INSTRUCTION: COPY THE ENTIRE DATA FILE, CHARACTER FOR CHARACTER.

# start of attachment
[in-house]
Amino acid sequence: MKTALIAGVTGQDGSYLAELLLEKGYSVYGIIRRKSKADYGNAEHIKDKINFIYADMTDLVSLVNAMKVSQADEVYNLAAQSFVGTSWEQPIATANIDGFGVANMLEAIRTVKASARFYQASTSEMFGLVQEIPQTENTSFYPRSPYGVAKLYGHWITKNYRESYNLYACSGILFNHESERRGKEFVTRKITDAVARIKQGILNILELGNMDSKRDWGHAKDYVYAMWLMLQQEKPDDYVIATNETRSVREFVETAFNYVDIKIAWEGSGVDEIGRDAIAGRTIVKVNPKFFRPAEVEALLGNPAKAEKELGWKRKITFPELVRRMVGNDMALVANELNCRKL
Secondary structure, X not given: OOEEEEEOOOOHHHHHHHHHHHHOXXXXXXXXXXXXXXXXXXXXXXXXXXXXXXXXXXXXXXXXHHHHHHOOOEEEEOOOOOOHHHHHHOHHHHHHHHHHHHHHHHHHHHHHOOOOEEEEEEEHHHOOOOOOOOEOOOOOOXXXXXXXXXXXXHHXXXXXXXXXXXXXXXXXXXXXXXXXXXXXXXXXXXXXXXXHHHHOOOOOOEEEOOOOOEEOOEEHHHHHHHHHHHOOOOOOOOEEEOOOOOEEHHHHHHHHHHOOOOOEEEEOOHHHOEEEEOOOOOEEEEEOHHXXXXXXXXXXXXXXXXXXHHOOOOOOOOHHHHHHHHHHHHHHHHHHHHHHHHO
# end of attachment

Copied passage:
[in-house]
Amino acid sequence: MKTALIAGVTGQDGSYLAELLLEKGYSVYGIIRRKSKADYGNAEHIKDKINFIYADMTDLVSLVNAMKVSQADEVYNLAAQSFVGTSWEQPIATANIDGFGVANMLEAIRTVKASARFYQASTSEMFGLVQEIPQTENTSFYPRSPYGVAKLYGHWITKNYRESYNLYACSGILFNHESERRGKEFVTRKITDAVARIKQGILNILELGNMDSKRDWGHAKDYVYAMWLMLQQEKPDDYVIATNETRSVREFVETAFNYVDIKIAWEGSGVDEIGRDAIAGRTIVKVNPKFFRPAEVEALLGNPAKAEKELGWKRKITFPELVRRMVGNDMALVANELNCRKL
Secondary structure, X not given: OOEEEEEOOOOHHHHHHHHHHHHOXXXXXXXXXXXXXXXXXXXXXXXXXXXXXXXXXXXXXXXXHHHHHHOOOEEEEOOOOOOHHHHHHOHHHHHHHHHHHHHHHHHHHHHHOOOOEEEEEEEHHHOOOOOOOOEOOOOOOXXXXXXXXXXXXHHXXXXXXXXXXXXXXXXXXXXXXXXXXXXXXXXXXXXXXXXHHHHOOOOOOEEEOOOOOEEOOEEHHHHHHHHHHHOOOOOOOOEEEOOOOOEEHHHHHHHHHHOOOOOEEEEOOHHHOEEEEOOOOOEEEEEOHHXXXXXXXXXXXXXXXXXXHHOOOOOOOOHHHHHHHHHHHHHHHHHHHHHHHHO